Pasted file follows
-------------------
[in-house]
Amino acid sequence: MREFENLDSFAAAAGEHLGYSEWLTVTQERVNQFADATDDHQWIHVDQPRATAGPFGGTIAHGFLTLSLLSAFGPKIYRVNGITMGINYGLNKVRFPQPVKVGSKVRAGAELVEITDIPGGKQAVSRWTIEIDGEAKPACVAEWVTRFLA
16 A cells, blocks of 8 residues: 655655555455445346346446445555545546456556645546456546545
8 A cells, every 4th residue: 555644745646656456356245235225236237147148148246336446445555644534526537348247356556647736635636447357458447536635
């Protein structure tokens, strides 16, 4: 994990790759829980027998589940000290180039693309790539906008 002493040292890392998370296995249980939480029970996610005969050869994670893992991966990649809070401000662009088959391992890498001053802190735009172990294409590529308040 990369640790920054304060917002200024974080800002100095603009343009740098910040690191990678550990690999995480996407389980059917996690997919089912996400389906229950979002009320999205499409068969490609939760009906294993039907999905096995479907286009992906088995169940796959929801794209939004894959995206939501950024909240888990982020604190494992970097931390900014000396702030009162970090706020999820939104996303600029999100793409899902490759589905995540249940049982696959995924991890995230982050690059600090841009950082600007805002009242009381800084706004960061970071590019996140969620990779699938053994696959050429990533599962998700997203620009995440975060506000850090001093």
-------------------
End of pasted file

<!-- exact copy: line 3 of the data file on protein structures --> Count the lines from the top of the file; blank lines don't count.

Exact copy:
16 A cells, blocks of 8 residues: 655655555455445346346446445555545546456556645546456546545